Eli Blevis, Shunying Blevis
This issue begins the first of a series of collected images concerned with sustainability and interaction design. In keeping with the new theme of interactions magazinepromoting interactionsit is our hope that these images will stimulate many discussions, actions, and reactions. The subtlety of images is here offered as a complement to the potentially precise, yet oftentimes reductive expression of text.
By now issues of sustainability make frequent appearance in the everyday press; most readers of interactions may have accepted the need for acting more sustainably with respect to interaction design, its contexts, and its effects. The big question is what to do differently. The images that followsome of which are more connected to the context of the effects of interaction design than directly to interaction design itselfare all targeted at fostering a collective way of looking differently at the materials and machinery of unsustainable consumption with an eye toward doing things differently in the future. These images are quite broad in scope, and the relationship between the contexts pictured and interactivity is very broadly interpreted.
The images and descriptions that follow are not necessarily solution concepts for more sustainable interactive design, nor are they necessarily observations targeted at raising awarenessawareness is already high. Rather, these images are targeted at stimulating insights about how to use the materials of interactive information technologies differently as designers to “redirect"the ways in which these materials play a role in everyday economies and ecologies .
In 1947, J. Gordan Lippincott published a book called Design for Business. In it he has a chapter entitled “ObsolescenceThe Keynote of a New Prosperity.” Here’s a short extract: “Our custom of trading in our automobiles every year, of having a new refrigerator, vacuum cleaner, or electric iron in every three or four years is economically sound. Our willingness to part with something before it is completely worn out is a phenomenon noticeable in no other society in history. It is truly an American habit, and it is soundly based on our economy of abundance. It must be further nurtured even though it is contrary to one of the oldest inbred laws of humanitythe law of thriftof providing for the unknown and often-feared day of scarcity .”
It is doubtful that anyone would write such an opinion nowadays . Nonetheless, it is incumbent on us as interaction designers to understand the ways in which such opinions common in the past half century have designed our present ways of consuming products, especially those built with the materials of information technologies. Such understandings are required to provide the insights needed to design sustainable alternativesboth material and systemicto the unsustainable proposition of premature obsolescence as a necessary correlate to prosperity. Moreover, the example of consumption set in America and in a few other countries as well cannot scale globally.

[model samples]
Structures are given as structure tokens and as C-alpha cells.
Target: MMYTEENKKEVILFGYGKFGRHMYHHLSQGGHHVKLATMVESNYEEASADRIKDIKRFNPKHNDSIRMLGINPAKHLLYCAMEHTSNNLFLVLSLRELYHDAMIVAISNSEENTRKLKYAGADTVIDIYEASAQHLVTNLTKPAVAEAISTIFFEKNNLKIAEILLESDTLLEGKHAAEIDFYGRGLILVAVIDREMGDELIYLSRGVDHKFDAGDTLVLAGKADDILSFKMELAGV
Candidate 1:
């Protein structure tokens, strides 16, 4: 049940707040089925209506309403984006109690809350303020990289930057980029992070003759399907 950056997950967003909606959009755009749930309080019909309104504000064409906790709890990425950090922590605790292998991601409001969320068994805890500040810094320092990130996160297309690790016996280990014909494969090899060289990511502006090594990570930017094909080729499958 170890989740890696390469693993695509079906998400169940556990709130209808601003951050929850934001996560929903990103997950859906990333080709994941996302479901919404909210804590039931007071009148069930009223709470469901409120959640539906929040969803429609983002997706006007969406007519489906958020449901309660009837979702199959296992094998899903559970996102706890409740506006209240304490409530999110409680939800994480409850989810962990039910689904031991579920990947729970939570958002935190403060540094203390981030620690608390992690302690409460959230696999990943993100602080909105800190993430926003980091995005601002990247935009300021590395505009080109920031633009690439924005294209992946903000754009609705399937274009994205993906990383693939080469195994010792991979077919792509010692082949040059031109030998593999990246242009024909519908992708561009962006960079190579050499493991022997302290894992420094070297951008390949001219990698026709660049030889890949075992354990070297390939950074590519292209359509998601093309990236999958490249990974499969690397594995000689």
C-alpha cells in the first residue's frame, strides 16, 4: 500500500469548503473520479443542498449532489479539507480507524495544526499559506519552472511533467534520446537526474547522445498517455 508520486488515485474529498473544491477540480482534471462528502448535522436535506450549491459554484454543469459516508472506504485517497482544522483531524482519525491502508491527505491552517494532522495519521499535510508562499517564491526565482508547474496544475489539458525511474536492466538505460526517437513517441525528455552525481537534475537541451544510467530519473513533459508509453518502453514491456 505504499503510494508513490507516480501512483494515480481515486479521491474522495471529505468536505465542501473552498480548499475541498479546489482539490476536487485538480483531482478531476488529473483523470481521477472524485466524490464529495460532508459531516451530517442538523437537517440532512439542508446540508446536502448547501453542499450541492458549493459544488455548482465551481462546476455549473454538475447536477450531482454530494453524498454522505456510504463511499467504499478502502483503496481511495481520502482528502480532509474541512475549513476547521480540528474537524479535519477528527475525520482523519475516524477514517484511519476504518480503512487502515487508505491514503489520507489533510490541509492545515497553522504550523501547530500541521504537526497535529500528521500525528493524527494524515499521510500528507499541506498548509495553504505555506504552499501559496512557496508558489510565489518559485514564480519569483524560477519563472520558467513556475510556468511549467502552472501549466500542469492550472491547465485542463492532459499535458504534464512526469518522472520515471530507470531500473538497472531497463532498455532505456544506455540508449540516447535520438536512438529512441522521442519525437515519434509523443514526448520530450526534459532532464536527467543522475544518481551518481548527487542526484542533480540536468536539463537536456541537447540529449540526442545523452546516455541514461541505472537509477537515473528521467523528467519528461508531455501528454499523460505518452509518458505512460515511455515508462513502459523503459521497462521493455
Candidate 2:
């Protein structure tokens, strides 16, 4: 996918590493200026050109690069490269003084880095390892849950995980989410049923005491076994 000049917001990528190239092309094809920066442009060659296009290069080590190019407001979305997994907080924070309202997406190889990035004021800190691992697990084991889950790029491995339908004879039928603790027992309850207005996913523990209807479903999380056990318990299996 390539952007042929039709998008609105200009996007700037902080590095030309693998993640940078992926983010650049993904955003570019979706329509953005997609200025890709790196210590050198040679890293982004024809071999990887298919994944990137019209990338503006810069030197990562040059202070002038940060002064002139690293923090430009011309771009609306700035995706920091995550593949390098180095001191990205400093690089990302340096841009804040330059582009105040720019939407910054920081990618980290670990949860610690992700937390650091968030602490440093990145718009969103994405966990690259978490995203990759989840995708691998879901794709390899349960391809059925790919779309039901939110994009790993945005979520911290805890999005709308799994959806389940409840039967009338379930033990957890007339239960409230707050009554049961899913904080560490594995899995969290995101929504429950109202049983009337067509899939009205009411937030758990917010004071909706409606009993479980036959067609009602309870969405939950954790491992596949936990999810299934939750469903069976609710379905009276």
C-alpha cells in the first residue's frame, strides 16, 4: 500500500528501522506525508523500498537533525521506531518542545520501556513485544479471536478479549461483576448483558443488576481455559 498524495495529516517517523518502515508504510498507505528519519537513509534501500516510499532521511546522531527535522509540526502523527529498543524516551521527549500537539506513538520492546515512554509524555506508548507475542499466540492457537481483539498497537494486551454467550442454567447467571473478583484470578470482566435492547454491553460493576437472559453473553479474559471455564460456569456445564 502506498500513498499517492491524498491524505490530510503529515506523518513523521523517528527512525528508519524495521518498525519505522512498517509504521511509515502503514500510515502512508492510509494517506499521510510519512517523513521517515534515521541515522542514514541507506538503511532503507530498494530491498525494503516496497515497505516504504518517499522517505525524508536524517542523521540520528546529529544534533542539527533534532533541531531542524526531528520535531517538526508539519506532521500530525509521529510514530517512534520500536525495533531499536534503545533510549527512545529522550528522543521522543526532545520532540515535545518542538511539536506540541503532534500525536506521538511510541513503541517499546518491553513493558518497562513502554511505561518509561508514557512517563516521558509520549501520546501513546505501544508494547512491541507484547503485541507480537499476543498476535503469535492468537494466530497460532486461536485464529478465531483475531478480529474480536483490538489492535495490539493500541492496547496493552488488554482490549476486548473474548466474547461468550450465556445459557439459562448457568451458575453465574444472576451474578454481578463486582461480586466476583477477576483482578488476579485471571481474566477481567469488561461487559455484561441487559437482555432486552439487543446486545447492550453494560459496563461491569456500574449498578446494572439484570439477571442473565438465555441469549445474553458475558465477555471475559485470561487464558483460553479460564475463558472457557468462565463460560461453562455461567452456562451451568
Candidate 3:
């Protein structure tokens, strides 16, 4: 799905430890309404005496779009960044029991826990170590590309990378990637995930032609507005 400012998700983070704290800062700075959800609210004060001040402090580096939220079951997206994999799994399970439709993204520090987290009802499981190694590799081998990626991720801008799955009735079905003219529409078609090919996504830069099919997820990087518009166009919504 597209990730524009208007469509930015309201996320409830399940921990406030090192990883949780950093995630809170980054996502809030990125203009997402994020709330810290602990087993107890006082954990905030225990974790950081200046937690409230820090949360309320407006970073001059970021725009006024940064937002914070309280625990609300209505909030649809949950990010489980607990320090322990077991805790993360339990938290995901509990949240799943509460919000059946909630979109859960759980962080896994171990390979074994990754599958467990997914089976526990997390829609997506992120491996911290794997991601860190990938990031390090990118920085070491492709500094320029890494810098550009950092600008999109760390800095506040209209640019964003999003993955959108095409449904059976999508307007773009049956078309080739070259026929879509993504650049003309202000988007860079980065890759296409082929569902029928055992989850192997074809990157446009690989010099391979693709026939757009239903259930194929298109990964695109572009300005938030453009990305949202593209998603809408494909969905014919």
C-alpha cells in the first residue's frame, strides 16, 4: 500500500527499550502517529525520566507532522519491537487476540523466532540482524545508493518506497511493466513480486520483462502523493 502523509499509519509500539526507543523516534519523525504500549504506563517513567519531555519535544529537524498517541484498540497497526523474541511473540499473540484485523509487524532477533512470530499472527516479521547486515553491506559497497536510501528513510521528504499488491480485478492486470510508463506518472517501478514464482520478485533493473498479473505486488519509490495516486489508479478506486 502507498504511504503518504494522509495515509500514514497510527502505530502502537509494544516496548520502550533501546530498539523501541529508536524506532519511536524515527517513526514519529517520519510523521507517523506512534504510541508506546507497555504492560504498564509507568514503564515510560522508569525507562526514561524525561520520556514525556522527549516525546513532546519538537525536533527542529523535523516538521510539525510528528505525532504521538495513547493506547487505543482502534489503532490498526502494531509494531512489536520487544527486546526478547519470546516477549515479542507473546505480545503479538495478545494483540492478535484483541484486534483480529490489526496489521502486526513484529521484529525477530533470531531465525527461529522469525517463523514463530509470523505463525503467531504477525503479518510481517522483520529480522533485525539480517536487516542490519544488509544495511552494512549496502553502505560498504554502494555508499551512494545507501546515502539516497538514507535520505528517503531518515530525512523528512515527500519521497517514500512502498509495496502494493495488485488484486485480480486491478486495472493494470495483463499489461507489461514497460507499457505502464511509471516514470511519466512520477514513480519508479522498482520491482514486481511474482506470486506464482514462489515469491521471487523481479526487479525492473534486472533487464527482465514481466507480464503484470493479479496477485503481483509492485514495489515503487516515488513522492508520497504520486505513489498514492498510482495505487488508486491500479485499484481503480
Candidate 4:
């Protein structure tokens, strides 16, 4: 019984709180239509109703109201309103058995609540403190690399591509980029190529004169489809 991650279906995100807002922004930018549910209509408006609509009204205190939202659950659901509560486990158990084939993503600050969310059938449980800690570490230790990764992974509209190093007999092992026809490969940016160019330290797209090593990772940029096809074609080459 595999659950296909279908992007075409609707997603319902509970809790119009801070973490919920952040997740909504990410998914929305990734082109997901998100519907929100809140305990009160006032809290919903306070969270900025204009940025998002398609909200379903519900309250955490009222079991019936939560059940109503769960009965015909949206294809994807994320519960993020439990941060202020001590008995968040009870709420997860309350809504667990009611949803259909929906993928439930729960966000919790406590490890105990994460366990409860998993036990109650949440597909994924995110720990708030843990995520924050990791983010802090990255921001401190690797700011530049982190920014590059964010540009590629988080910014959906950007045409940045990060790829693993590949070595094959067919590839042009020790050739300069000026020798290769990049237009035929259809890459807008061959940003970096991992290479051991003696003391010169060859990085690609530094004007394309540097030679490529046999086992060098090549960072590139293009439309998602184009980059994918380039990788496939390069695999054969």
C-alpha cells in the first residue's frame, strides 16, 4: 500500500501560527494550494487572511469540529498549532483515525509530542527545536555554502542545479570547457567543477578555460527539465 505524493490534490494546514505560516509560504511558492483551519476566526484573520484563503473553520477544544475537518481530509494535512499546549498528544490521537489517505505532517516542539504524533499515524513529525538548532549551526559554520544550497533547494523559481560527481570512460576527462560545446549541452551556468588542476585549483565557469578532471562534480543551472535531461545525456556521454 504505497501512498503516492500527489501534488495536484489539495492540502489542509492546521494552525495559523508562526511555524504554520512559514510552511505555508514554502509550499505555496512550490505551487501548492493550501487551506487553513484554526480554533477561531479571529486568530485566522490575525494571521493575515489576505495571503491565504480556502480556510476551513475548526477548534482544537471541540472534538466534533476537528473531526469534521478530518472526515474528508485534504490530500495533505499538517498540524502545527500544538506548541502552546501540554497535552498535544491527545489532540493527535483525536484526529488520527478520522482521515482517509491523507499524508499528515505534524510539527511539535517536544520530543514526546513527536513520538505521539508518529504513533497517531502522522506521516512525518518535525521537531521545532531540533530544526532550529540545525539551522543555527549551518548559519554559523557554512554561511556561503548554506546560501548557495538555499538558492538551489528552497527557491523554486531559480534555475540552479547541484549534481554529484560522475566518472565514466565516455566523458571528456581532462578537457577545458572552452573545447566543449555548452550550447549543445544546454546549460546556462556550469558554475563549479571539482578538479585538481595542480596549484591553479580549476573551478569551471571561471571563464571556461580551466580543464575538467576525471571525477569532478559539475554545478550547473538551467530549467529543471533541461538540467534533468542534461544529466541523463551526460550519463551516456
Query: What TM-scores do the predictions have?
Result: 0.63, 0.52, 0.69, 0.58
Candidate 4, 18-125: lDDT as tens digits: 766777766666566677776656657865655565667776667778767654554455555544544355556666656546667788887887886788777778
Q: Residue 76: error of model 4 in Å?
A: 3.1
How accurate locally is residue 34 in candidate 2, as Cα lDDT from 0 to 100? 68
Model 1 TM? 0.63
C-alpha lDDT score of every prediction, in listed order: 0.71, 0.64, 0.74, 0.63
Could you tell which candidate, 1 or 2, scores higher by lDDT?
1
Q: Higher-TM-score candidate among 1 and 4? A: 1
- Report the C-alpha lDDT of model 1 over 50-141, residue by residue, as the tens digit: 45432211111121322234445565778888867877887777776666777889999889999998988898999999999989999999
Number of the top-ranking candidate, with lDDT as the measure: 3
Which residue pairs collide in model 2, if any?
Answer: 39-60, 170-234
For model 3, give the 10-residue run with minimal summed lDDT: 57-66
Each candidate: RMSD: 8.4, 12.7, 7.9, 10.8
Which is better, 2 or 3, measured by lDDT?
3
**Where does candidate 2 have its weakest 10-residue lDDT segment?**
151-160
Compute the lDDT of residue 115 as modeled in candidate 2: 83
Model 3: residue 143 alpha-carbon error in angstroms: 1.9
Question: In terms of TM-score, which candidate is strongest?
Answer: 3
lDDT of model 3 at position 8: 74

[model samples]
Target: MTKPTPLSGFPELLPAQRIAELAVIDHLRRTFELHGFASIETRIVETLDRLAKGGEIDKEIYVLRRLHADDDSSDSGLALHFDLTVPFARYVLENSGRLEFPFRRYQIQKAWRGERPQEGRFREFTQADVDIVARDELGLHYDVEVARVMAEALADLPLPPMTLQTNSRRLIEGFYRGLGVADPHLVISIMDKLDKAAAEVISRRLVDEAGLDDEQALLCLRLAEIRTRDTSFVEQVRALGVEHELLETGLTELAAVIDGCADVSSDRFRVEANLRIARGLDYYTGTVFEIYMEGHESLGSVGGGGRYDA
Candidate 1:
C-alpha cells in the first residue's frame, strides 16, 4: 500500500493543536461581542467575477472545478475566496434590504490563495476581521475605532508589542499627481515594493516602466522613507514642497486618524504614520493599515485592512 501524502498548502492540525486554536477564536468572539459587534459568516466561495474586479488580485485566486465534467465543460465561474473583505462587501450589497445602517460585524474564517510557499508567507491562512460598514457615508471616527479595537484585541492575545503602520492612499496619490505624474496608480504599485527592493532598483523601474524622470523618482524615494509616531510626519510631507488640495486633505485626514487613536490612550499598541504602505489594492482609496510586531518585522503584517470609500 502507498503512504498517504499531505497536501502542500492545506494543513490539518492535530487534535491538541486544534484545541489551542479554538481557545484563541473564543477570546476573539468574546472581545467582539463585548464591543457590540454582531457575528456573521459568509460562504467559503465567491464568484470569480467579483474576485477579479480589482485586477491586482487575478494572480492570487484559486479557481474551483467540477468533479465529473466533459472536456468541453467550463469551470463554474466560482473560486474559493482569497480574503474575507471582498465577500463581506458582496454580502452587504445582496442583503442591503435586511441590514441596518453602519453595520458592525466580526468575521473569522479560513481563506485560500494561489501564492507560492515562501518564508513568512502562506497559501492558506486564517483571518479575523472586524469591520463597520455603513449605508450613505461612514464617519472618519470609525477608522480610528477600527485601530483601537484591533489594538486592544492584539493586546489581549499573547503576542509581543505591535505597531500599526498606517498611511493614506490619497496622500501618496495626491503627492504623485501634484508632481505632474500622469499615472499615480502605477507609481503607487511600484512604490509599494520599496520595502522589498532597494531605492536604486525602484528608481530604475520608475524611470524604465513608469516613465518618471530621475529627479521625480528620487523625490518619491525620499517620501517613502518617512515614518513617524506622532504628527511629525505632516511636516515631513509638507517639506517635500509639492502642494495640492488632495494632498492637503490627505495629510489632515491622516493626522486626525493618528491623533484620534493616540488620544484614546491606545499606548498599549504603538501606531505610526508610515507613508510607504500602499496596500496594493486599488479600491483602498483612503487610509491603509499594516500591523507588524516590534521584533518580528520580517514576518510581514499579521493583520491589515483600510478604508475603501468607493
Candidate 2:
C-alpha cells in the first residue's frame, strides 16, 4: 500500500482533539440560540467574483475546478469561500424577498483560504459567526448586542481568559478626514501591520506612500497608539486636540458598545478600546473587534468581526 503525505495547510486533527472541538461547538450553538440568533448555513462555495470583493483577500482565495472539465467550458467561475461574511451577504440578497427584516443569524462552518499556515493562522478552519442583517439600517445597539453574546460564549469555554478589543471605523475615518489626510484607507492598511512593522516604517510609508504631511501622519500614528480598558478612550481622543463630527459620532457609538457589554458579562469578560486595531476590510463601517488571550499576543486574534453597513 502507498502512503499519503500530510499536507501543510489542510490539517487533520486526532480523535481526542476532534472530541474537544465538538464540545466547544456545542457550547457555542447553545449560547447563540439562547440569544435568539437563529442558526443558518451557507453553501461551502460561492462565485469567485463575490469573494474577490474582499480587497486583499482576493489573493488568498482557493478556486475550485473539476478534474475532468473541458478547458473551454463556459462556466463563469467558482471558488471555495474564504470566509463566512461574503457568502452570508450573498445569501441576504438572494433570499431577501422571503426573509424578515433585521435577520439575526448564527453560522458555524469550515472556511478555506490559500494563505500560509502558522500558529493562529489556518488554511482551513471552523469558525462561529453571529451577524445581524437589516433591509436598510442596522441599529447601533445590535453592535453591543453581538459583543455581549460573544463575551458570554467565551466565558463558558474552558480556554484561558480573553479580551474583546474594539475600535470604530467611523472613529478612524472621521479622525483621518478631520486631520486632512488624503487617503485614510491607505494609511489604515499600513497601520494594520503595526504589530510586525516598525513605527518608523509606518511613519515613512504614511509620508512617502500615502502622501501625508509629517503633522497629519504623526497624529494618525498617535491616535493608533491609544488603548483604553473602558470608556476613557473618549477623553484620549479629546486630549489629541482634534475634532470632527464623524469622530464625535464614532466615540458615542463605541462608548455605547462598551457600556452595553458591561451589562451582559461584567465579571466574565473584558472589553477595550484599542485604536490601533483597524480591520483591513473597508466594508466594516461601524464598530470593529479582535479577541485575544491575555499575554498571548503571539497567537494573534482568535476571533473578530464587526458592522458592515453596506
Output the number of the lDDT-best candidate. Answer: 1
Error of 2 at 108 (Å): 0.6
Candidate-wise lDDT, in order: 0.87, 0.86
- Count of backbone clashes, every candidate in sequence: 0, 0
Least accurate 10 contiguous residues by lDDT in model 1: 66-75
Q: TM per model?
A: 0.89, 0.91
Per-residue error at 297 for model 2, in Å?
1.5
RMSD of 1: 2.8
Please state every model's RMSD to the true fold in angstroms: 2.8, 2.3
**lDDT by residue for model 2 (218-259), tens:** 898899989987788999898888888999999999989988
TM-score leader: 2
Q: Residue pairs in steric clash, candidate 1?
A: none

The images presented here are nearly all recent and taken at various places in the world, opportunisticallythe contrasts and similarities between these different places are part of the point of collecting them together here in series. They are not necessarily chosen to work together aesthetically as a set. In this first collection, we present a broadly constructed group of three images from mainland China and three from the U.S.
We would love for readers to submit their own images of sustainability. For more information please see the online version of interactions, http://interactions.acm.org.
1. The notion of design in the perspective of sustainability as a “redirective practice” is owed to Tony Fry. His forthcoming book, Design Futuring: Sustainability, Ethics, and New Practice from Berg Publishers, continues this notion.
3. There are many examples of sustainability aware business press books, such as Paul Hawken, Amory B. Lovins, and L. Hunter Lovins’ Natural Capitalism: Creating the Next Industrial Revolution (1999) as an early example. A short media piece called “The Story of Stuff” by Annie Leonard (http://www.storyofstuff.com/) also provides a modern counterpoint to Lippincott’s point of view.
About the Authors
Eli Blevis serves on the faculty in the Human-Computer Interaction Design program of the School of Informatics at Indiana University, Bloomington. Dr. Blevis’s primary area of research, and the one for which he is best known, is sustainable interaction design. This area of research and Dr. Blevis’s core expertise are situated within the confluence of human computer interaction as it owes to the computing and cognitive sciences, and design as it owes to the reflection of design criticism and the practice of critical design. Dr. Blevis has published more than 40 articles and papers and has given several invited colloquia internationally on sustainable interaction design and the larger context of notions of design.
Shunying Blevis is a fashion designer who lives and works in Bloomington, Indiana.
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